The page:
IAEA Chief to visit Chernobyl next week

Russian soldiers withdrew from the plant at the end of March, Kyiv said. Since then, the situation has gradually returned to normal, according to daily reports from the IAEA based on information from the Ukrainian regulator.

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VIENNA: The director-general of the International Atomic Energy Agency will visit Chernobyl next week as the organization ramps up efforts to “prevent the danger of a nuclear accident,” a statement said Friday.

Chernobyl, the scene of the worst nuclear disaster in history, fell into Russian hands on the first day of the country’s invasion of Ukraine, and suffered a power and communications outage.

Russian soldiers withdrew from the plant at the end of March, Kyiv said. Since then, the situation has gradually returned to normal, according to daily reports from the IAEA based on information from the Ukrainian regulator.

However, in mid-April, Ukrainian authorities said they could not restore radiation monitoring at the site.

Rafael Grossi will arrive on April 26, the anniversary of the 1986 disaster, with a team of experts from the UN body to carry out radiation checks and deliver essential kit.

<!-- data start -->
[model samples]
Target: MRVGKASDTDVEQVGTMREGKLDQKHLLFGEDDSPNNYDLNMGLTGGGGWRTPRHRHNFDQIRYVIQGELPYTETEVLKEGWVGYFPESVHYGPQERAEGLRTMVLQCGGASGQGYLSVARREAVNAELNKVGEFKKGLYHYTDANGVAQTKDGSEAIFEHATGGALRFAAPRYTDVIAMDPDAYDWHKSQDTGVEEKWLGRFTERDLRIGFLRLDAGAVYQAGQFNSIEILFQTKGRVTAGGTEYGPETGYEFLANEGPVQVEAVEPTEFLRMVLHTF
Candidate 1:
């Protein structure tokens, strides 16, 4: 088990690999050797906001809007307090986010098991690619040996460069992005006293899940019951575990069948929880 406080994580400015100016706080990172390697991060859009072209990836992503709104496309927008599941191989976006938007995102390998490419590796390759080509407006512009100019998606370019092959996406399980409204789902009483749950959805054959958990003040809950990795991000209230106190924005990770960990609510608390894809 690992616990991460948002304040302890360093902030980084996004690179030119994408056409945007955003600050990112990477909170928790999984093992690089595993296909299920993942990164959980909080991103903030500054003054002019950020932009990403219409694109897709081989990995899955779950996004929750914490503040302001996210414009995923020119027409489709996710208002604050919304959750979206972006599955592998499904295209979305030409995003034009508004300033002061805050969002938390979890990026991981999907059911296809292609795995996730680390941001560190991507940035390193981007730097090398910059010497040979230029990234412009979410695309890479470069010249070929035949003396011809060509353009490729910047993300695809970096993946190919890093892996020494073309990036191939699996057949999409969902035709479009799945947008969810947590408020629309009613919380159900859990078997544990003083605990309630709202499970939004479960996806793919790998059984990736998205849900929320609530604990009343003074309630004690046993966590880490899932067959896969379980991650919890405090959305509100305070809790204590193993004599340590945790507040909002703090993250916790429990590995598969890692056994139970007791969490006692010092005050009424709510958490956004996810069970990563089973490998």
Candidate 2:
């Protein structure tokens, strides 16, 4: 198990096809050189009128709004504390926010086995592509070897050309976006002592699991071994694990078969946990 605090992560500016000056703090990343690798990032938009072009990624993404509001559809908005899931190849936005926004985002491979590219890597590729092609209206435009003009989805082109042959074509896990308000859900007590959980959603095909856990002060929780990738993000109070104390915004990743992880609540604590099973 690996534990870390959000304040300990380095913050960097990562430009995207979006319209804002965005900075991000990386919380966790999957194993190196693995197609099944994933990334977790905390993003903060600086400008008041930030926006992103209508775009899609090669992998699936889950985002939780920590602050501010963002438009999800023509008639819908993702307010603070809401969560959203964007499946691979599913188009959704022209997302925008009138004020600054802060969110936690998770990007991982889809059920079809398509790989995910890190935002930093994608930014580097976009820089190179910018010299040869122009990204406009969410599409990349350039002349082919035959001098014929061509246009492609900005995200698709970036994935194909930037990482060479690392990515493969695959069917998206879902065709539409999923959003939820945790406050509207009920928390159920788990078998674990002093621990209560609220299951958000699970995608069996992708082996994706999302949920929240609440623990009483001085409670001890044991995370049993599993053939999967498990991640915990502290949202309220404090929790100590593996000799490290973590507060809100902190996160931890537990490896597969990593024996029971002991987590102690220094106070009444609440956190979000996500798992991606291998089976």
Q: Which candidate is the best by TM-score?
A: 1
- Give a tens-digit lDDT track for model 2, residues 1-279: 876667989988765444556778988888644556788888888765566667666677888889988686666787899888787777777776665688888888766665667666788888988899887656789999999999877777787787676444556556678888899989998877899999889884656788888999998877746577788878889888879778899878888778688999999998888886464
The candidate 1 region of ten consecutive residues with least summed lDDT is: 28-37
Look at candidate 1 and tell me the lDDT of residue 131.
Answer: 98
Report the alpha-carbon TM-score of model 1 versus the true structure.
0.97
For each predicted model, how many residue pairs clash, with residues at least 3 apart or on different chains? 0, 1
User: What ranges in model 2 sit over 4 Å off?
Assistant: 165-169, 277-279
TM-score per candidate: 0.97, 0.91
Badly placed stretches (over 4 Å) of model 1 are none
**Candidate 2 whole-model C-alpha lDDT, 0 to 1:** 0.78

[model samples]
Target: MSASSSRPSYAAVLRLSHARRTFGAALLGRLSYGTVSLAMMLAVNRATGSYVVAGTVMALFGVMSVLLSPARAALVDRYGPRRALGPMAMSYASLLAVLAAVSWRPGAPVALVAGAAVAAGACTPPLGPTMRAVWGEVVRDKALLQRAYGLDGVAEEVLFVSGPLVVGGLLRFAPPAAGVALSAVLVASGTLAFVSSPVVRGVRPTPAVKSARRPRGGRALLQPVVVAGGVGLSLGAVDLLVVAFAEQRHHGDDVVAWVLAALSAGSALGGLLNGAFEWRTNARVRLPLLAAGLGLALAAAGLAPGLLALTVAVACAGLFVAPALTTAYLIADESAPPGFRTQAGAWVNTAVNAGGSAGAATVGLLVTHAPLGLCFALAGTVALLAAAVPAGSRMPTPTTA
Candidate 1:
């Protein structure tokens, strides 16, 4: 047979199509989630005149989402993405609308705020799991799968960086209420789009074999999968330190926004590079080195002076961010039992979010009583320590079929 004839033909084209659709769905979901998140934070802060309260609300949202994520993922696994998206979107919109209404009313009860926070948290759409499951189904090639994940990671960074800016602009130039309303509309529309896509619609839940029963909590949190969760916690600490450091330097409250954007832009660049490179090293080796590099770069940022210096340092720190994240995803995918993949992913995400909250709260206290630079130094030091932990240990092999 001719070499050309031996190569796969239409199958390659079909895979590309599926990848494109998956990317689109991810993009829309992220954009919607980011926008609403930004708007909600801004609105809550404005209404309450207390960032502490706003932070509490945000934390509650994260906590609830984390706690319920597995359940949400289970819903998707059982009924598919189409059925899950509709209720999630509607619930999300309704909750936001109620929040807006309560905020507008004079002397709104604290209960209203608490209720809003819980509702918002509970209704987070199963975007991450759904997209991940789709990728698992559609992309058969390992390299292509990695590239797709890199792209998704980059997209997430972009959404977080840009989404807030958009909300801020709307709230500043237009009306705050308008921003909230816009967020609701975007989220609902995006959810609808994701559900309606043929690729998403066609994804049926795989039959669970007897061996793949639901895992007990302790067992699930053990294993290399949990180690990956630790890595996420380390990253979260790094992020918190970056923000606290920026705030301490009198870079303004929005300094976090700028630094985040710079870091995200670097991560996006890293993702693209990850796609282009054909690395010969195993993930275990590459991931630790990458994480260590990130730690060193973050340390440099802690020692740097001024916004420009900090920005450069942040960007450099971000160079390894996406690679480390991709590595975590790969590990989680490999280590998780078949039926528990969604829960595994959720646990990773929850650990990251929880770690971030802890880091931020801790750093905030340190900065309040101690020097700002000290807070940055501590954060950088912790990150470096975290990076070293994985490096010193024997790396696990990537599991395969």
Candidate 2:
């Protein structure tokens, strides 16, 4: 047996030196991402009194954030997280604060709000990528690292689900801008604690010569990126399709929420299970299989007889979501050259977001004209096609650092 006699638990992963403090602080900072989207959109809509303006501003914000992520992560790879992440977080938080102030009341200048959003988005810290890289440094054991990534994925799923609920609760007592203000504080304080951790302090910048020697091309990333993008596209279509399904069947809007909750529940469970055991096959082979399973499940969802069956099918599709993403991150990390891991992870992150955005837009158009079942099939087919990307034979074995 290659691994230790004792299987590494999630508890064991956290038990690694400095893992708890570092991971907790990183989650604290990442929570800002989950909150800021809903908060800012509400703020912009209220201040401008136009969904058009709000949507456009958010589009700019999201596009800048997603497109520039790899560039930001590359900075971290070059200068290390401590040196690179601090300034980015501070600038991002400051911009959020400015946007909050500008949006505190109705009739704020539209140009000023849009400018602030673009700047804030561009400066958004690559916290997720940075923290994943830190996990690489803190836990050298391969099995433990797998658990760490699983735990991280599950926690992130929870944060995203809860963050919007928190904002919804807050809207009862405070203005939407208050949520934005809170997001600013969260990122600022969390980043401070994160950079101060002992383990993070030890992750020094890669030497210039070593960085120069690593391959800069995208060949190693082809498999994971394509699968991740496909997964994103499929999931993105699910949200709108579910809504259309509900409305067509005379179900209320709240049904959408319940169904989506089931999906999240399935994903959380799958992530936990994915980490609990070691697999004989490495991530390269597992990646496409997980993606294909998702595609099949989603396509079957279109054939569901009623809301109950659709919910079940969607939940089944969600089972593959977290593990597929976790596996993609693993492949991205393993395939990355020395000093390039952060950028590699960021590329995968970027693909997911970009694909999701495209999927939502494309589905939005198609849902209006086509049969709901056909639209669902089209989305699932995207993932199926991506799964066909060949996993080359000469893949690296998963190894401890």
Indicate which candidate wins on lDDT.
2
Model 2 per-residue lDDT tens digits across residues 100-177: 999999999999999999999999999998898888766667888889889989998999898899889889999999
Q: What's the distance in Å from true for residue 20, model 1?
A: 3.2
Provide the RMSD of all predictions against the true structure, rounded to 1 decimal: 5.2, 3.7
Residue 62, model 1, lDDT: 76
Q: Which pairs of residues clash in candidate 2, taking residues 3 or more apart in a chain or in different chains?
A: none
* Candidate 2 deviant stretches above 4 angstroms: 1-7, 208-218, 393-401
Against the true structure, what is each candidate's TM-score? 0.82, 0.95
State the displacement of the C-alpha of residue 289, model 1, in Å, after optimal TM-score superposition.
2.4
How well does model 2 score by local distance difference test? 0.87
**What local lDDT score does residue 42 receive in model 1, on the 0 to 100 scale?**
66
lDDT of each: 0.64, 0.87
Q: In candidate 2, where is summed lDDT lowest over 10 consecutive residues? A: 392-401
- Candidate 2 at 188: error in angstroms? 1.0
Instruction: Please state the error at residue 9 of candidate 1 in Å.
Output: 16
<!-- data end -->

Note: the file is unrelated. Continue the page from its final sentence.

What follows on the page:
“Based on our scientific measurements and technical evaluations, we will be able to better understand the radiological situation there,” he said.

The plant’s staff, who were forced to work non-stop for weeks, are now on rotation. But damaged bridges and de-mining activities have made it difficult to operate in the area, Ukraine told the IAEA this week.

Grossi praised staff and said he looked forward to being able to speak with them.

“They have been through more than we can imagine, and they deserve our full respect and admiration for preserving the safety and security of the site despite the dire situation,” he said.

During their visit, the experts will also repair remote monitoring systems that stopped sending data back to the agency’s headquarters in Vienna.

In March, Grossi traveled to Ukraine to lay the groundwork of an agreement for providing technical help. He visited a nuclear power plant in the south of the country, before meeting senior Russian officials in Kaliningrad.

“The military conflict is putting Ukraine’s nuclear power plants and other facilities with radioactive material in unprecedented danger,” he warned at the time.

Ukraine has 15 reactors in four operating plants, as well as waste repositories such as Chernobyl. The IAEA plans further inspections in the coming weeks.

The Zaporizhzhia power plant, the largest in Europe, is still occupied by the Russians. Artillery strikes in early March caused a fire in nearby buildings and raised fears of a catastrophe.

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